Federal mediation in Twin Cities Teamsters strike

By Corey Johnson
6 February 1998

A federal mediator called on Teamsters union officials and company representatives to meet Thursday in the fourth day of a strike by 2,500 workers against the Honeywell corporation.

Production and maintenance workers in Teamsters Local 1145 struck the Minneapolis-based company midnight Sunday after rejecting the recommendations of the union negotiating committee by a 58 percent margin. The atmosphere at Sunday's meeting became highly charged when workers challenged a proposal that would require all new-hires to pay 20 percent on the yearly $2,000 deductible, while the existing membership would continue to be covered 100 percent.

The wage structure of the proposal would also affect new-hires. For instance, current workers classified as labor grade 10 are hired in at $9 an hour and reach $12.32 after 14 months. The new agreement would lengthen this progression to three years.

Honeywell has proposed a 14 percent wage increase over the life of the four-year agreement in an effort to sweeten its offer. But workers are not impressed after working under contracts that have provided only yearly lump-sum payments or no increase at all, while health care costs have risen.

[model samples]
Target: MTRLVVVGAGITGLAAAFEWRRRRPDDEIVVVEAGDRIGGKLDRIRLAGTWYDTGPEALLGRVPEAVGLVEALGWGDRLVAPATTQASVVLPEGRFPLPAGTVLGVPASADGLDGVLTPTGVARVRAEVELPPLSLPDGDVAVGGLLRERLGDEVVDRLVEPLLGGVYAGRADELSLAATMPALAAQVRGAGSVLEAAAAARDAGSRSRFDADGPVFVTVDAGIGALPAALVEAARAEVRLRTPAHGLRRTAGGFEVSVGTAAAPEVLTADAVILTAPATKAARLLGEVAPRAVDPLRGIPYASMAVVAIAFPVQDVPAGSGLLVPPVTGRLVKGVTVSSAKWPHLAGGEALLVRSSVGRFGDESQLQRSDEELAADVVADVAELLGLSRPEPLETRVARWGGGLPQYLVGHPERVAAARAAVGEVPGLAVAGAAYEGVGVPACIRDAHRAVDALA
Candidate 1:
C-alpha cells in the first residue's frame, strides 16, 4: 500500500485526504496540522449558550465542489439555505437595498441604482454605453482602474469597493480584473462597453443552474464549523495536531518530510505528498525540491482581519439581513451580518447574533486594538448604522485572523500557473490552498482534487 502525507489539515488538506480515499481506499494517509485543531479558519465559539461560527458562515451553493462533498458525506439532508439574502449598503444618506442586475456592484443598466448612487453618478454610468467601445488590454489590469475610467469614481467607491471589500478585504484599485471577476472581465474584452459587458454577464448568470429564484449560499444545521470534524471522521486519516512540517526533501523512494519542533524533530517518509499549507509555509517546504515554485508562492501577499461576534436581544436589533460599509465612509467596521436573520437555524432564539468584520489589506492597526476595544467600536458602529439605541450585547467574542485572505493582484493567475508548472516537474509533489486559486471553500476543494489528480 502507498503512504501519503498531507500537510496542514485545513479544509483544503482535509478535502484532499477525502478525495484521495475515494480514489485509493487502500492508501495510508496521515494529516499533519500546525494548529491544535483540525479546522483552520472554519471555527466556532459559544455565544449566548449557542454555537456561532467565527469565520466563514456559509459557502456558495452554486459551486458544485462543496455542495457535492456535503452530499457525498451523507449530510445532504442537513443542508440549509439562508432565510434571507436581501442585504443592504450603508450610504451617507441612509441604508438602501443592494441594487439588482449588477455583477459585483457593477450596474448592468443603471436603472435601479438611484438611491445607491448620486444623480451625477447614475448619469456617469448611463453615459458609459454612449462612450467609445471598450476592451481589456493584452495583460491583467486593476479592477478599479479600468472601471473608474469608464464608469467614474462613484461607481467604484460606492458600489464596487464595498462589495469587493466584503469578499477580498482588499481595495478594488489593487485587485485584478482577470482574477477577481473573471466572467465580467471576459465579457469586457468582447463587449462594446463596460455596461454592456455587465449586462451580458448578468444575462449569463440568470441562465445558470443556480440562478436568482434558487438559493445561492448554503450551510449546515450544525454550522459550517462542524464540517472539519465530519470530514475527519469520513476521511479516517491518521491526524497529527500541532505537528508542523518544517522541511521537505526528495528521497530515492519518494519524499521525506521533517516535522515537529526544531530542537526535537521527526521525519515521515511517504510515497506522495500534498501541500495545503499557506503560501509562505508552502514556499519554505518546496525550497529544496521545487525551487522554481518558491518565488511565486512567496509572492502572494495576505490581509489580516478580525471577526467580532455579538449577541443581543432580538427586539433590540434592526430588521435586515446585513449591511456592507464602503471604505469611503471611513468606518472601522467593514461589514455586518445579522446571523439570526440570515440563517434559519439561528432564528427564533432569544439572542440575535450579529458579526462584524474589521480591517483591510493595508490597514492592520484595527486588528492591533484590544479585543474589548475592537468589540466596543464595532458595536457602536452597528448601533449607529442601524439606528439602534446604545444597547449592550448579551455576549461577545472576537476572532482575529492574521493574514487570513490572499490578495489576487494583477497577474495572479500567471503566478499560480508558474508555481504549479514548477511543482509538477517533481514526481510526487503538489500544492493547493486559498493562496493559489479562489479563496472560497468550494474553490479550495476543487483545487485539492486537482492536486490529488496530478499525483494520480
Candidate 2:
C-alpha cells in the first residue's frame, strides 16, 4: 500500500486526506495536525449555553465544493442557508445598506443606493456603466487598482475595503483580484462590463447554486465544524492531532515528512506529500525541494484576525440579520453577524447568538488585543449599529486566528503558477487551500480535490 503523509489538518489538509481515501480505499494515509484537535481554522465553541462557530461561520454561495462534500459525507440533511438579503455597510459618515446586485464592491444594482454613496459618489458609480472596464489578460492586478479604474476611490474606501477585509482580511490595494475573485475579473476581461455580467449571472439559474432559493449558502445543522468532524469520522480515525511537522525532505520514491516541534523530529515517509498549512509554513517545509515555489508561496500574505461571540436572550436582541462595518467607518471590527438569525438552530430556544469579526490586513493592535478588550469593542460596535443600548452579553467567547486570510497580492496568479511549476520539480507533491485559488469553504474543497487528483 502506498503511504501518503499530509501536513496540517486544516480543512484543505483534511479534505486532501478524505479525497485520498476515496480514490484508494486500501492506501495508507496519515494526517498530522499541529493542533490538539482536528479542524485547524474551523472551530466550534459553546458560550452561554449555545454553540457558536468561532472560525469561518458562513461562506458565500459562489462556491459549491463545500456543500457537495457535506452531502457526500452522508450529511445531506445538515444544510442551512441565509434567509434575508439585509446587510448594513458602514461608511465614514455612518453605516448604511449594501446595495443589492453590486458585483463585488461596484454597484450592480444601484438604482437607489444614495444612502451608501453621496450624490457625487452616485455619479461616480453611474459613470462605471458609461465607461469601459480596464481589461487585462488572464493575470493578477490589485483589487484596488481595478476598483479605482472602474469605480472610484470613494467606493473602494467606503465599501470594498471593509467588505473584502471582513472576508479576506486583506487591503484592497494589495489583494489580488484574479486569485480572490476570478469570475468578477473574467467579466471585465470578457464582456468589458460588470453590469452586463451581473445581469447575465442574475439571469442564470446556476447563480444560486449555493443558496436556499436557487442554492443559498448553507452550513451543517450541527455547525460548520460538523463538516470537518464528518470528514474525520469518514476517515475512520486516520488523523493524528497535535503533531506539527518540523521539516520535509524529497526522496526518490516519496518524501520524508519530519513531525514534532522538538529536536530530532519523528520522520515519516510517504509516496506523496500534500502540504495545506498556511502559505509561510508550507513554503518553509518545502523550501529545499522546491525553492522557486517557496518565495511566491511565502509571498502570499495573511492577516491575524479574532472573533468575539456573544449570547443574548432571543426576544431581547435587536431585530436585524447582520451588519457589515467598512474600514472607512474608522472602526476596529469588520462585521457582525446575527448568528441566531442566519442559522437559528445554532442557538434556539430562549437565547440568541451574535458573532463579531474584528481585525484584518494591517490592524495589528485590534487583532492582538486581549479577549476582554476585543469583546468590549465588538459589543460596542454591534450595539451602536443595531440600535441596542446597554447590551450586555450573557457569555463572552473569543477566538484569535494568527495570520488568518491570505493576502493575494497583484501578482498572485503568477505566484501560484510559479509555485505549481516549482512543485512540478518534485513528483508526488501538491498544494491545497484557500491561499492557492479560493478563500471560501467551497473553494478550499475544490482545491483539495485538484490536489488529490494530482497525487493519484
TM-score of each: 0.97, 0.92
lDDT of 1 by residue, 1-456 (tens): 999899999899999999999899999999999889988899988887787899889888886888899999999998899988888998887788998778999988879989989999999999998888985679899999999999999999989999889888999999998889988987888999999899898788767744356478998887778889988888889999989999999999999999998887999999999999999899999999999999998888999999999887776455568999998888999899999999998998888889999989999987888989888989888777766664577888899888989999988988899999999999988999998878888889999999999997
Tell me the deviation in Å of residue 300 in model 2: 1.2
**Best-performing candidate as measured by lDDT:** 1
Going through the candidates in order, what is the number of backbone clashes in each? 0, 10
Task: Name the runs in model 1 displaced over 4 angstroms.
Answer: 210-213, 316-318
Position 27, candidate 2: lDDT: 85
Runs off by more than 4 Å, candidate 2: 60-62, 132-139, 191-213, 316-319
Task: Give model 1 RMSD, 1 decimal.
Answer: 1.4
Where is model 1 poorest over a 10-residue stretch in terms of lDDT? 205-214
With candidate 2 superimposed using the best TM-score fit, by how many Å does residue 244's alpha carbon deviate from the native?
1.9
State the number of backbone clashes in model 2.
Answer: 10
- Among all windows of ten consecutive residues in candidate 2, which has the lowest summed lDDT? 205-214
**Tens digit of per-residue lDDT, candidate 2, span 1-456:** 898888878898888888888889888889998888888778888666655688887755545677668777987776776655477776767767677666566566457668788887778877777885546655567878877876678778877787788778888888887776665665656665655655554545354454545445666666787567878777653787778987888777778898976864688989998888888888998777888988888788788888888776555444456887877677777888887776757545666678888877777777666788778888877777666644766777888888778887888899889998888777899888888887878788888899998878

Pickets at the Honeywell facility in the suburb of Golden Valley spoke about the issues. One worker said, “Under the new contract offer the company and the union wanted the new-hires to pay the increased insurance rate. But we figure that in four years when the next contract comes up, they're going to come back and try to shove the increase down our throats. We've got to stand up for the new-hires because in four years the new-hires will be voting with us, and we want them to look out for us, too. The company wants us to fight among ourselves.”

“The new union brother working next to you,” stated a second picket, “gets less coverage and less pay during the first three years of the contract. It's a union-splitting issue. They want to break the union.”

“I think the union wants to break the union,” said another picket.

In the 1980s, Local 1145 numbered some 10,000 members. Honeywell has since spun off its military armament-producing plants under the name Alliant, while shifting a considerable number of jobs to both Mexico and China.

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